After the swim I headed out to Picket Post as I heard a rumour friends of our Dave and Linda Modahl were going to be there for a Lone Rangers ride this weekend. The Modahl's live up by Seligman now so this might be as close as they will get this winter so I wanted to take the opportunity to pop by for a visit. I had a nice chat with them and over the time I spent there some others folks I know, Judy, Suzi, Becky, and Gary pulled into camp so I got to say hi to a bunch of riders.
|PIcket Post Mountain|
This morning I was intending to head to the pool but Matt called from Dogpound North late last night and said there appeared to be a lake forming in the barnyard back home so I stuck around here to give him what help I could on the phone as he troubleshot that issue. Turns out the waterer had burst a hose, so he was able to shut it down and will replace the hose in the next day or two. Meanwhile the horses have the other waterer to use so all is under control on the northern ranges.
Once the water issue was resolved at DPN I thought it was a good time to take Blue II for a spin down at the end of Warren. There are a bunch of trails down there that I have ridden in the past with Blue and I thought some of them might be OK with an ATV. Some of it is State Trust Land but I have always had my permit up to date so that wasn't an issue. I ran into some hikers down there from Rocky Mountain House and had a chat with them about some of the places they ride their quads when they aren't hiking.
|Blue II ready to unload|
Although many of the trails are good enough to use the Commander on, it is still a little bit more restricted than a horse, when you are on horseback it is kind of go where you like, but with these machines you need to stay on the commonly used trails so you don't cause unwanted impacts to a delicate environment.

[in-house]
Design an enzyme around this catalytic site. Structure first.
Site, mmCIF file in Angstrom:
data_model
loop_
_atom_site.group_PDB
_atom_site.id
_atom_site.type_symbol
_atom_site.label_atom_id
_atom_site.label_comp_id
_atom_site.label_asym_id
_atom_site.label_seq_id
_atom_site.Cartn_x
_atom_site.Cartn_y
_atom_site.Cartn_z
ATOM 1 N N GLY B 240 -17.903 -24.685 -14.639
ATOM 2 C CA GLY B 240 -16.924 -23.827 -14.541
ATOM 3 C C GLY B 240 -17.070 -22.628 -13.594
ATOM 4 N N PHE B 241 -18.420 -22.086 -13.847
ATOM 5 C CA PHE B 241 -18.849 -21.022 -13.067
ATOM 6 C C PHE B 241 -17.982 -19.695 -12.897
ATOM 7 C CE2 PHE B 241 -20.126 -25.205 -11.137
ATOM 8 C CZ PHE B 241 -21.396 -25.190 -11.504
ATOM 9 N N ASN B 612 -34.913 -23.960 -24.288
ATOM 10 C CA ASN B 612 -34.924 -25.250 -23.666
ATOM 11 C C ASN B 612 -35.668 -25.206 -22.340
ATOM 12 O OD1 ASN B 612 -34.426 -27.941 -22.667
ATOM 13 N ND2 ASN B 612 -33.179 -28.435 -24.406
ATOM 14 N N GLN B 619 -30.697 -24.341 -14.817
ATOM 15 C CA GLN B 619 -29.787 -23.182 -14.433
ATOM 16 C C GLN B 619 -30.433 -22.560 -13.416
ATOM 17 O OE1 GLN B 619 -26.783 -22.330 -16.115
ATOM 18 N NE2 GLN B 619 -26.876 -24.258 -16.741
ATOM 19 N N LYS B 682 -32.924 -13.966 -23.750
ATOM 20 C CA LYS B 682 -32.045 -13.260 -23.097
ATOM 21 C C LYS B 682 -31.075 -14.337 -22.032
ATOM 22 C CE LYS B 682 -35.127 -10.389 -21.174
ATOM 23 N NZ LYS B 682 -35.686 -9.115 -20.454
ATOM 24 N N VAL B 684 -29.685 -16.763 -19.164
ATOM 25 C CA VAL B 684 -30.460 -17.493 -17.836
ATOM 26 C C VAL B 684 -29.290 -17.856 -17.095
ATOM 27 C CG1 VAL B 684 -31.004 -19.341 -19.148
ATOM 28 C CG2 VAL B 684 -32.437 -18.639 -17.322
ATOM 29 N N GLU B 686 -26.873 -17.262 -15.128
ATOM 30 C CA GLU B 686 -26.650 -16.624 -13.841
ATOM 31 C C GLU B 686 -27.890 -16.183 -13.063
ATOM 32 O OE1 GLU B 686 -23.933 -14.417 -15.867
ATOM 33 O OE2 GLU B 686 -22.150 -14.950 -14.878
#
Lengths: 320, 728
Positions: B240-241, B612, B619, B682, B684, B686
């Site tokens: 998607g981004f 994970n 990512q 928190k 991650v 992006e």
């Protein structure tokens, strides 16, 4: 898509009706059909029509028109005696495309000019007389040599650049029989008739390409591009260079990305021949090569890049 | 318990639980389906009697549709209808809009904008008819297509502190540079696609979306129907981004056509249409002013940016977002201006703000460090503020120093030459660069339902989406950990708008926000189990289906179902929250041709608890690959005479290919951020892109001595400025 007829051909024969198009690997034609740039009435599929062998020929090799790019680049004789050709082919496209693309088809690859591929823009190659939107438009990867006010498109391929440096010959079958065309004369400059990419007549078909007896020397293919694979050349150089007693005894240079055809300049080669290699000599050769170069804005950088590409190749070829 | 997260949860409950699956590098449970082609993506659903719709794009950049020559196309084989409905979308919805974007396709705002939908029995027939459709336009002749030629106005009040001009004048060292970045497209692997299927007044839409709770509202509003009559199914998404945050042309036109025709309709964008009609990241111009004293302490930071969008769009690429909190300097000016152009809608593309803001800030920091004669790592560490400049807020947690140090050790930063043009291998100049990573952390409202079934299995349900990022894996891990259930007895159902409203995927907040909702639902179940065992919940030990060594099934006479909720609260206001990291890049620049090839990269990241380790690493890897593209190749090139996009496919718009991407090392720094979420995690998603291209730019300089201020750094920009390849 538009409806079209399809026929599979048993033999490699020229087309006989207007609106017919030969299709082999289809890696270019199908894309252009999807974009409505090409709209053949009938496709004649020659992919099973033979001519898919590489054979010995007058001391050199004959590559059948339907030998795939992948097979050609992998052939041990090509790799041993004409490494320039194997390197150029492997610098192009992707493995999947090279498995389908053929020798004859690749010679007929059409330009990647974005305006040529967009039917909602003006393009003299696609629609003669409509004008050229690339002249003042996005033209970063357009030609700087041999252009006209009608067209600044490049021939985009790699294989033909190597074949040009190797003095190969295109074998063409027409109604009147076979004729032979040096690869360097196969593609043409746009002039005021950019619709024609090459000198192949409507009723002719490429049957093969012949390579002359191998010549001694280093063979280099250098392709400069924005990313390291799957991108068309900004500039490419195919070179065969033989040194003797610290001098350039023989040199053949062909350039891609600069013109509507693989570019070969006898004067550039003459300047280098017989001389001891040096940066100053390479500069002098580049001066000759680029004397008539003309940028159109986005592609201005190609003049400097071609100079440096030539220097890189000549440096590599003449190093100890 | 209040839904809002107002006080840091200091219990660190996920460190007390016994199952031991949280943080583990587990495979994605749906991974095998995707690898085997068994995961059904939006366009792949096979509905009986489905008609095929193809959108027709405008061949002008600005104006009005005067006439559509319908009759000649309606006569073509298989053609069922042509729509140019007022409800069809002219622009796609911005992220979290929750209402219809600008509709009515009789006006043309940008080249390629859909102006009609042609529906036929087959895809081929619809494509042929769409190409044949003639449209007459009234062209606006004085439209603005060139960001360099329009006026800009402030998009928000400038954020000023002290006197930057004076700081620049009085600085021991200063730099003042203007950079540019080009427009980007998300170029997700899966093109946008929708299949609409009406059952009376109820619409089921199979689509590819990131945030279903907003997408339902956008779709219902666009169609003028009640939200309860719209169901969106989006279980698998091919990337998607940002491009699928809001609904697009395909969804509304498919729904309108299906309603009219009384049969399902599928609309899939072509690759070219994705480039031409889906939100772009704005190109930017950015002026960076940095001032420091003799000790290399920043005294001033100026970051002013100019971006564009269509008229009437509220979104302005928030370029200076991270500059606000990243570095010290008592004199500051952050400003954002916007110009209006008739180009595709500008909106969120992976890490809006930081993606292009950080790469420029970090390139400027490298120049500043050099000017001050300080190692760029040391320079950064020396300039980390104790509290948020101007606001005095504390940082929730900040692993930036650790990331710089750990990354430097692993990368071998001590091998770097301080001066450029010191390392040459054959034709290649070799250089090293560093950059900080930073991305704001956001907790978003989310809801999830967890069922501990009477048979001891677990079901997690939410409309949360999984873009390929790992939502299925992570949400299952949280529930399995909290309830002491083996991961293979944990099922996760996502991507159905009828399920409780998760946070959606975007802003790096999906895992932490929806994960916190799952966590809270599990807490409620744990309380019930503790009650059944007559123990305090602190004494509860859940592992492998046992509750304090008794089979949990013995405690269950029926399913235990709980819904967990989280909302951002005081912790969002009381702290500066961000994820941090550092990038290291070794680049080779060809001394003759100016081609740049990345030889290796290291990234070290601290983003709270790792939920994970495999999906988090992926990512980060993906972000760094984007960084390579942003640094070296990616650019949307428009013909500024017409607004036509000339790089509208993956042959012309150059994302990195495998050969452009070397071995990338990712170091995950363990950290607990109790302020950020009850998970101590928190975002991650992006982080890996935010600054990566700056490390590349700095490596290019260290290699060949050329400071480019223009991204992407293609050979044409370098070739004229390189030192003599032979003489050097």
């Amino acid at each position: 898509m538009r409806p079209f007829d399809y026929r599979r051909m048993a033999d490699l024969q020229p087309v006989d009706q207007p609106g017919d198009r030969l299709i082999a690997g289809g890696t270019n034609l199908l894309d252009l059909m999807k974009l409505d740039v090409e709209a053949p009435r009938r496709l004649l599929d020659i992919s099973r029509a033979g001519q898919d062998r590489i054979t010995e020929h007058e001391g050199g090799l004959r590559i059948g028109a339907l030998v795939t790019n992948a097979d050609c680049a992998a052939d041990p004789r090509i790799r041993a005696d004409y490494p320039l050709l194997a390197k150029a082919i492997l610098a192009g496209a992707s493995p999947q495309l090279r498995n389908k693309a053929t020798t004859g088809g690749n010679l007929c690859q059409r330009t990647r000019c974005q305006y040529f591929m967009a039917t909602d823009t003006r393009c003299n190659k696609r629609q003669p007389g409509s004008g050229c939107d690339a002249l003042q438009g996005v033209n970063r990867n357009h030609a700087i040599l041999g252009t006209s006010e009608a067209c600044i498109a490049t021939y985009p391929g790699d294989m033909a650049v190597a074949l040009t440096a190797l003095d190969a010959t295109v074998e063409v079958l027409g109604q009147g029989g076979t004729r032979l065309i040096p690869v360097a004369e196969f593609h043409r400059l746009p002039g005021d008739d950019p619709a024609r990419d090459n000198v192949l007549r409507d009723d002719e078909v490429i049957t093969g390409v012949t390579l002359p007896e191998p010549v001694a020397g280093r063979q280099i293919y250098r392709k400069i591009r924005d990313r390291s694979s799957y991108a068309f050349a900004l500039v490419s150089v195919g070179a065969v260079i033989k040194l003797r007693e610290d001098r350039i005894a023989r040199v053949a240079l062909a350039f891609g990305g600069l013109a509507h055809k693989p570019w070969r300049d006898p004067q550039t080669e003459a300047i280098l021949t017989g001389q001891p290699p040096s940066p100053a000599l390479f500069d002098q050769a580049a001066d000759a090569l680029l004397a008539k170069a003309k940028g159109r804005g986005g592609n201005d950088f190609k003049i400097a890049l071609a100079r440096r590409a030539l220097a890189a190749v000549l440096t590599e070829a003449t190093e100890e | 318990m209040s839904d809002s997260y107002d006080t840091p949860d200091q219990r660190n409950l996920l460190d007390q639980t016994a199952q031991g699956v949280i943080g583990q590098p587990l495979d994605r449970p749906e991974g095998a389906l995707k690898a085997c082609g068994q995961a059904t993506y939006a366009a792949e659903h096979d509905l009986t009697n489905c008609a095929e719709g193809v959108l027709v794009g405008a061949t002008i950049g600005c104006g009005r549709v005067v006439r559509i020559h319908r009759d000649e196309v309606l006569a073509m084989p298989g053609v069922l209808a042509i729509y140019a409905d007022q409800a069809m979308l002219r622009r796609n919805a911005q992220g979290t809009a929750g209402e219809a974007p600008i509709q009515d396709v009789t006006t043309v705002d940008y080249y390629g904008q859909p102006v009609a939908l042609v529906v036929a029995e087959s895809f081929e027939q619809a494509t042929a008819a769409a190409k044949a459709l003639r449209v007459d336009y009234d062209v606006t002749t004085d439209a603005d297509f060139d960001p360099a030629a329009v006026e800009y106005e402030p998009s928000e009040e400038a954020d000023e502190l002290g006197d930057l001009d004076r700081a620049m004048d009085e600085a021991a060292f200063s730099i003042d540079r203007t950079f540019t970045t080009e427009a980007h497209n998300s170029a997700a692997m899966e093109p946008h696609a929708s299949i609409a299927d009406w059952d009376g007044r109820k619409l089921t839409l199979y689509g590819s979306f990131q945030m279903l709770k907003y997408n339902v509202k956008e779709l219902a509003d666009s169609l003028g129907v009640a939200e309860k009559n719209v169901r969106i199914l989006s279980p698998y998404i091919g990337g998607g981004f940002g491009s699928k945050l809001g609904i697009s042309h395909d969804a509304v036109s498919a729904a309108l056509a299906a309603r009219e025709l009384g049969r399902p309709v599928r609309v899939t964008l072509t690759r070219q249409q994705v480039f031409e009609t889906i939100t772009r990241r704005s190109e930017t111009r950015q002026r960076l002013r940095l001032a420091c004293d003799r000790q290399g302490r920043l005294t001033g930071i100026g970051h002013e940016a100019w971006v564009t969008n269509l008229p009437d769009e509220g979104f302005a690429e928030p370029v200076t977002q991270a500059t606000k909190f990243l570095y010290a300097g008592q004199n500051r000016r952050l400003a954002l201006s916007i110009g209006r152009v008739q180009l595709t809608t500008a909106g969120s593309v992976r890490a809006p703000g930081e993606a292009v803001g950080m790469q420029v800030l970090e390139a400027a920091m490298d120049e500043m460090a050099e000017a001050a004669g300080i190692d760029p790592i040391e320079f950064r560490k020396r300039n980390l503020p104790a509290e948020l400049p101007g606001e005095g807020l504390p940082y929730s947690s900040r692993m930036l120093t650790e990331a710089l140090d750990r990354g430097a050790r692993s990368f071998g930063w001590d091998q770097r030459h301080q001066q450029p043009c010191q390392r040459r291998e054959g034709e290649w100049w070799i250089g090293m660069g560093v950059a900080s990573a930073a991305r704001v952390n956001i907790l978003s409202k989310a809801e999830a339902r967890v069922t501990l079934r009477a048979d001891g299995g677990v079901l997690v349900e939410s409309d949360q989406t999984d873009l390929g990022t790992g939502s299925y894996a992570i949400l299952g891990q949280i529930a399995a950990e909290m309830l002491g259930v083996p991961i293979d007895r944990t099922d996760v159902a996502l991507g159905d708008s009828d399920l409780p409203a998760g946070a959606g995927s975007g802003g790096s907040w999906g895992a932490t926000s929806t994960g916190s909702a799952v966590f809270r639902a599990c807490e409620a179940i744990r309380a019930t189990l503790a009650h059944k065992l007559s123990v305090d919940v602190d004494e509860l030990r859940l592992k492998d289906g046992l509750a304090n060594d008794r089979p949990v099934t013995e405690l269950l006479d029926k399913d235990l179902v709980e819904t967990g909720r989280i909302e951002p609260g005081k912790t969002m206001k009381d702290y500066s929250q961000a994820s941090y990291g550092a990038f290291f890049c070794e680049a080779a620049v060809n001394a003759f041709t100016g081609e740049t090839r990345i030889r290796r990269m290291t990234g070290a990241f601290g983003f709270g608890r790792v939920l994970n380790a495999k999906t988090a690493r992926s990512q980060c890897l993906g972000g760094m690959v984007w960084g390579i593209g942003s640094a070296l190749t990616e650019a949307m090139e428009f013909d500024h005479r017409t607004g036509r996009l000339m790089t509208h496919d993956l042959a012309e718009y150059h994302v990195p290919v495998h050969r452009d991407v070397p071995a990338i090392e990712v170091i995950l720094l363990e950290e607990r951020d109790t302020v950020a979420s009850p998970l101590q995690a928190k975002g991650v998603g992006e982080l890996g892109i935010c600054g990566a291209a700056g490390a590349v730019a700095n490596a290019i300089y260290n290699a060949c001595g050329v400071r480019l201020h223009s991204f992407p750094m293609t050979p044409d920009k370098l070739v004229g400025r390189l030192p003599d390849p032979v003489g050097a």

|Along the trail.|
I am still getting a feel for where this new outfit will go. And travelling alone out there it is always good to use an abundance of caution. Although the likelihood of getting bucked off is somewhat less than on horseback the consequences would be just as serious I expect. For the first 20 years of my working life I was in the back country with either four wheel drives or tracked vehicles and learned along time ago not to get myself into spots that might be challenging to get out of so I am always looking around the next corner to make sure I can get back. It is amazing the places that this unit will crawl over and up though. I am sure as I get more familiar with it my horizons will expand a little.
|Top of the Mountain.|
Back in Canada Brenda has returned to Alberta from her Rare Disease Conference and after a couple of days of rest will jump on a plane to the Valley of the Sun. We are looking forward to seeing her on Monday.
That's a mighty nice ride you have there JB, great on the trails and no need to feed and water it. ;c)ReplyDelete
I imagine the meals will somewhat improve with Brenda's arrival ;-)ReplyDelete
Somehow, a horse just looks better, more majestic, and probably more comfortable! Be careful out there.ReplyDelete